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Possible SCOTUS Justice Don Willett Does More Than Just Tweet

Texas Supreme Court Justice Don R. Willett could be the most famous justice on Twitter. With more than 60,000 followers, and a near-constant stream of jokes, trivia, and personal insight, Justice Willett has earned the title of "Tweeter Laureate of Texas."

He's also gained the attention of another Twitter enthusiast, President-elect Donald Trump. The justice was included on Trump's original shortlist of potential U.S. Supreme Court nominees and has a fair shot of making it to the High Court in the near future.

Justice Willett, the Social Media Personality

Justice Willett's social media influence doesn't hold up to, say, the Kardashians, but on #lawtwitter, he's a pretty big deal. Don't go to his Twitter feed expecting to find weighty political discussions or ruminations on the law. (They're there, but they're uncommon.) Justice Willett tends to keep his tweets on the lighter side.

"I think people just find it remarkable that a high court justice would step out from behind the bench and have a persona that's not the traditional, stodgy, fuddy-duddy persona, but actually comes across as authentic and engaging," the justice once told Law360.

When he has dipped his toes into politics, though, it doesn't seem to have cost him. After Justice Willett was named as a potential SCOTUS justice by Trump, Twitter sleuths tracked down a few tweets disparaging the candidate.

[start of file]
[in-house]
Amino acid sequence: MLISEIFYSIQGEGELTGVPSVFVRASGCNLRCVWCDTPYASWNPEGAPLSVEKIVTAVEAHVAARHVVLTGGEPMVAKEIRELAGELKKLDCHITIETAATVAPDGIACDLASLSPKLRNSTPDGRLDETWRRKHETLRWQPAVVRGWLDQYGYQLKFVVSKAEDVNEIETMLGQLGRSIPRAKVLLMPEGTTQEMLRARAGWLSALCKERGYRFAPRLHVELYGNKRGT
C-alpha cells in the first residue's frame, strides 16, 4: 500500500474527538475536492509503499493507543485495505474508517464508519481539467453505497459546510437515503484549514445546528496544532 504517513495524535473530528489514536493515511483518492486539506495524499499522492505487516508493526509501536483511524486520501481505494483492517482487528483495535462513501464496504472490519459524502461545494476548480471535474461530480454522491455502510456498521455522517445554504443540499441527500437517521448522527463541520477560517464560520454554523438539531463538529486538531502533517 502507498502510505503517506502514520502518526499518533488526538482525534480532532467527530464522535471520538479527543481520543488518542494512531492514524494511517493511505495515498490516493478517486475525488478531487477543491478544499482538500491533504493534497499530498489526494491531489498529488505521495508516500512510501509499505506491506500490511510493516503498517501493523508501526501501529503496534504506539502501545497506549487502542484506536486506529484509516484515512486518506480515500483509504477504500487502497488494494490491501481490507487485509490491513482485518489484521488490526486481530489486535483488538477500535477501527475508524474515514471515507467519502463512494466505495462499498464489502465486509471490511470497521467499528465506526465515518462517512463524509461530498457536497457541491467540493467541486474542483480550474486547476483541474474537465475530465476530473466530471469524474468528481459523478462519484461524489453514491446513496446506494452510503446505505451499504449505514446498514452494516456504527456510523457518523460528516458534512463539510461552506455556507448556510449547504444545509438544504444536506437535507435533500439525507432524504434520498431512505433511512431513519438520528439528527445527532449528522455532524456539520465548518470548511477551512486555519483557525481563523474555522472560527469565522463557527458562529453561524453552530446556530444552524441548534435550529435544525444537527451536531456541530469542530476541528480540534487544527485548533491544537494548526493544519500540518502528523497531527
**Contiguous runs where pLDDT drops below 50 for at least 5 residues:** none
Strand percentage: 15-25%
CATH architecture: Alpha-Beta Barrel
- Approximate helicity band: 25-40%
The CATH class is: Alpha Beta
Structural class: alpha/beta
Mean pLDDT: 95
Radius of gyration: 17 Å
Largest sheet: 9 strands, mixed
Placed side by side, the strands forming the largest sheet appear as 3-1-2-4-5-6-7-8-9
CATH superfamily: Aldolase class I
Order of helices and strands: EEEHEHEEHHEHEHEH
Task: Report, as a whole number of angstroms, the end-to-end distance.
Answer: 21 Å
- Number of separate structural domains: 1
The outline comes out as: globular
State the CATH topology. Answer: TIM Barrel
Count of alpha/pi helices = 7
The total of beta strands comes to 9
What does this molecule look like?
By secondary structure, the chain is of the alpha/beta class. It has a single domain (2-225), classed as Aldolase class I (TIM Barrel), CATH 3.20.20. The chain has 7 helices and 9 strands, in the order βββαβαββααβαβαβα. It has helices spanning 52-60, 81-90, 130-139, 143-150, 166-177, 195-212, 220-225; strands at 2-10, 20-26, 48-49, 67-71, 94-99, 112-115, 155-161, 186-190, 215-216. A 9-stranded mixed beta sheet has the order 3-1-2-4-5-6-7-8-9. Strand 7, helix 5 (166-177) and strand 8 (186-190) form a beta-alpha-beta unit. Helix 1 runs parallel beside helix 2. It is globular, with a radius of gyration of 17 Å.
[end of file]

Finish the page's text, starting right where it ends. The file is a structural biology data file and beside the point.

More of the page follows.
The Donald didn't seem to mind, however.

Justice Willett, the Judge and Legal Scholar

Of course, Justice Willett is more than an online personality, he's an important jurist. He's been praised by George Mason University Law professor David Bernstein for rejecting "the Lochner boogeyman" and a recent profile of the justice in the Texas Observer highlighted his unique, conservative approach to judicial activism.

In a series of high-profile opinions over the past half-decade, Willett has mapped out the contours of this position, championing what libertarian attorney Chip Mellor termed "judicial engagement," a more aggressive approach to reviewing (and sometimes declaring unconstitutional) government regulations, particularly those that relate to economic and property rights.

An elected official, his conservative bona fides have earned him the endorsement of conservative groups like Focus on the Family, along with a few more fringe supporters, like the "Christian nationalist" David Barton. He's also gained a reputation as a bit of an interventionist during his time on the Texas bench.

Justice Willett's Syllabus

If you want to really get into Justice Willett's head, you might start where his law clerks do. According to the Observer, the justice regularly assigns new clerks two books written by Justice Scalia and Bryan Garner, "Reading Law: The Interpretation of Legal Texts" and "Making Your Case: The Art of Persuading Judges." (Not to brag, but both are available from Thomson Reuters, FindLaw's parent company. So too is Garner's recent treatise on judicial precedent, the first book of its kind in over a century.)

Justice Willett told the Observer that he picked the books because they "methodically examine the bread and butter of modern-day appellate judging -- statutory interpretation." He also admitted liking Justice Scalia's writerly "gusto and occasional pyrotechnics."

That's a style Justice Willett has embraced himself, mixing law with pop culture and the occasional polemic. It could serve him well, too. Donald Trump has said he's looking for a Supreme Court justice straight from the Scalia mold.

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